An Airbag Bike Helmet Could Save Your Life | HowStuffWorks NOW

An Airbag Bike Helmet Could Save Your Life | HowStuffWorks NOW


A group of researchers at Stanford have put
bike helmet air bags to the test. How do they hold up? First, in case you aren’t aware, there are
bike helmet air bags. Typically, they’re packed inside a pouch
that you wear around your neck. The pouch has sensors on it to detect changes
in orientation and acceleration that indicate a crash. At that point, a triggering mechanism inflates
the bag, which swoops up over the back of your head to protect you. An early bike helmet air bag called Hovding
received support from a Swedish insurance company named Folksam, which said according
to their studies the airbag was by far more effective than traditional bike helmets at
preventing traumatic brain injuries. Stanford’s results support this conclusion. Researchers suspended mannequin heads containing
sensory equipment upside down and then dropped them onto a hard surface. Some mannequins were wearing deployed airbag
helmets while others wore traditional bike helmets. According to researcher David Camarillo, the
airbag version had “the potential to reduce the acceleration of impact by a factor of
five.” Further, the study says that airbag helmets
can achieve up to an 8-fold reduction in the risk of concussion compared to standard helmets. Airbags are softer and larger than normal
bike helmets and can absorb energy more effectively, distributing the impact. In a Ted Talk in April, 2016, Camarillo said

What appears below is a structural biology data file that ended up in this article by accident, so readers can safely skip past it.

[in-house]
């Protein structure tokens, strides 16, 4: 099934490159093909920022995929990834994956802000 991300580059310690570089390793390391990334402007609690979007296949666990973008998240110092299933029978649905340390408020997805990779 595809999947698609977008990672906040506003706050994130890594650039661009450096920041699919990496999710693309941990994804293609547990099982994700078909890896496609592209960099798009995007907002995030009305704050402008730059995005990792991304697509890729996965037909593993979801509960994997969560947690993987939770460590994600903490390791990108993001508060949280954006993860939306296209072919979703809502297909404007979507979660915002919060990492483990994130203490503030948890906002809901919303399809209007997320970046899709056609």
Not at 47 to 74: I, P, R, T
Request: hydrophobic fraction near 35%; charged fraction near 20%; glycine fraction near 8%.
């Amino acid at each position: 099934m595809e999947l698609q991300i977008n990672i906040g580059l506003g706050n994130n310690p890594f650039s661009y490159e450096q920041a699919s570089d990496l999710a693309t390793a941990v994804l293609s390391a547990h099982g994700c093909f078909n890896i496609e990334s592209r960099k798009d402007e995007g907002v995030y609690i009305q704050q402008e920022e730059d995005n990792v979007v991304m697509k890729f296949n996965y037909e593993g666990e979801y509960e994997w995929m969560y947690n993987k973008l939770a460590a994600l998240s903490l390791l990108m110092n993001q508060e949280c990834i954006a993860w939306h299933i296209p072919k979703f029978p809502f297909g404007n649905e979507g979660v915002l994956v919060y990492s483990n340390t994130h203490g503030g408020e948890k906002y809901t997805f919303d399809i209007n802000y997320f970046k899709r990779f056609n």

that more kids got a concussion from cycling accidents than through any other sports activity. According to the CDC, this is true — though
you have to keep in mind that more kids ride bicycles than play contact sports. It doesn’t necessarily mean that cycling
is more dangerous than full-contact football. But Camarillo’s point was that kids do sometimes
receive concussions in bike accidents and that, more importantly, traditional bike helmets
don’t do a good job at preventing concussions. Camarillo said that the purpose of bike helmets
is to prevent skull fractures, which isn’t the same thing as a concussion. A concussion occurs when an accelerative force
makes the brain stretch, twist or bump into the inside of the skull. It’s an internal injury that results in
chemical changes in the brain and it can have serious effects. So a traditional helmet could protect your
skull from breaking while failing to prevent a concussion. The way we test bike helmets in the US is
within the context of skull fractures. If we take concussions into consideration,
airbags suddenly look much more attractive. But they’re tricky to test — not only do
you need to prove they are better at preventing cyclists from suffering concussions, but also
that the triggering mechanism will deploy the airbag quickly, safely and under the right
circumstances. It’s still a long road ahead before we see
bike helmet airbags as a legal alternative to traditional helmets. And that wraps up this episode. Remember to subscribe to the HowStuffWorks
Now podcast and visit our site, now.howstuffworks.com every day to learn about the most interesting
stories happening right now.

21 thoughts on “An Airbag Bike Helmet Could Save Your Life | HowStuffWorks NOW

  1. That's stupid. It will either choke you to death or break your neck. Have you ever been hit by an airbag? It will break your arm.

  2. ill use a helmet thanks that shit looks dumb af lol what was not talk about was cost ya i may buy 3 or 4 helmets a year but i bet it alot cheaper then buying 1 airbag helmet and a 1 time fall

  3. It look like warm around the neck area. How the hell we can live with this where all season like hot summer in my country? ๐Ÿ˜†

  4. I dont need much convincing that an airbag decreases impact. I only wish when I "invented" this a few minutes ago in my head, that my Google search would have come up empty. ๐Ÿ™„ back to the drawing board.

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